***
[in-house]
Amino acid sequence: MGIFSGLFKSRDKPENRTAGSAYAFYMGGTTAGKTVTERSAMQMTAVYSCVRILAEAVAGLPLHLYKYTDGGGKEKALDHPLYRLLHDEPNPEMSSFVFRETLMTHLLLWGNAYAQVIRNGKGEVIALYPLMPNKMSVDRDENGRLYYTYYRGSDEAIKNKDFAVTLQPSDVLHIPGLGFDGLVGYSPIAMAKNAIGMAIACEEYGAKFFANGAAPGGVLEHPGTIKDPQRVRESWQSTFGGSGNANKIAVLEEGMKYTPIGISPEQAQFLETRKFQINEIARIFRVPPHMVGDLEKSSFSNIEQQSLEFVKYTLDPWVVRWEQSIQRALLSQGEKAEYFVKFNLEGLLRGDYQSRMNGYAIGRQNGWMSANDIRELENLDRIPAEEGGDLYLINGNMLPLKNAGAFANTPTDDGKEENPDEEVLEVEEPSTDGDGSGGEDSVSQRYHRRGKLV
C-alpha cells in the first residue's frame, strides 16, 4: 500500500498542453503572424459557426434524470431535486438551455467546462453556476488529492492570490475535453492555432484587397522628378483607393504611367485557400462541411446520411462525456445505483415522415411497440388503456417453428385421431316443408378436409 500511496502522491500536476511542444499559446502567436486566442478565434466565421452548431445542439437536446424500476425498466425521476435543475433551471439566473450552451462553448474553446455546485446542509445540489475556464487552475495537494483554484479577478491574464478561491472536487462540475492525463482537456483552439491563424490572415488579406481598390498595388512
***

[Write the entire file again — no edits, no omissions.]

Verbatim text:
[in-house]
Amino acid sequence: MGIFSGLFKSRDKPENRTAGSAYAFYMGGTTAGKTVTERSAMQMTAVYSCVRILAEAVAGLPLHLYKYTDGGGKEKALDHPLYRLLHDEPNPEMSSFVFRETLMTHLLLWGNAYAQVIRNGKGEVIALYPLMPNKMSVDRDENGRLYYTYYRGSDEAIKNKDFAVTLQPSDVLHIPGLGFDGLVGYSPIAMAKNAIGMAIACEEYGAKFFANGAAPGGVLEHPGTIKDPQRVRESWQSTFGGSGNANKIAVLEEGMKYTPIGISPEQAQFLETRKFQINEIARIFRVPPHMVGDLEKSSFSNIEQQSLEFVKYTLDPWVVRWEQSIQRALLSQGEKAEYFVKFNLEGLLRGDYQSRMNGYAIGRQNGWMSANDIRELENLDRIPAEEGGDLYLINGNMLPLKNAGAFANTPTDDGKEENPDEEVLEVEEPSTDGDGSGGEDSVSQRYHRRGKLV
C-alpha cells in the first residue's frame, strides 16, 4: 500500500498542453503572424459557426434524470431535486438551455467546462453556476488529492492570490475535453492555432484587397522628378483607393504611367485557400462541411446520411462525456445505483415522415411497440388503456417453428385421431316443408378436409 500511496502522491500536476511542444499559446502567436486566442478565434466565421452548431445542439437536446424500476425498466425521476435543475433551471439566473450552451462553448474553446455546485446542509445540489475556464487552475495537494483554484479577478491574464478561491472536487462540475492525463482537456483552439491563424490572415488579406481598390498595388512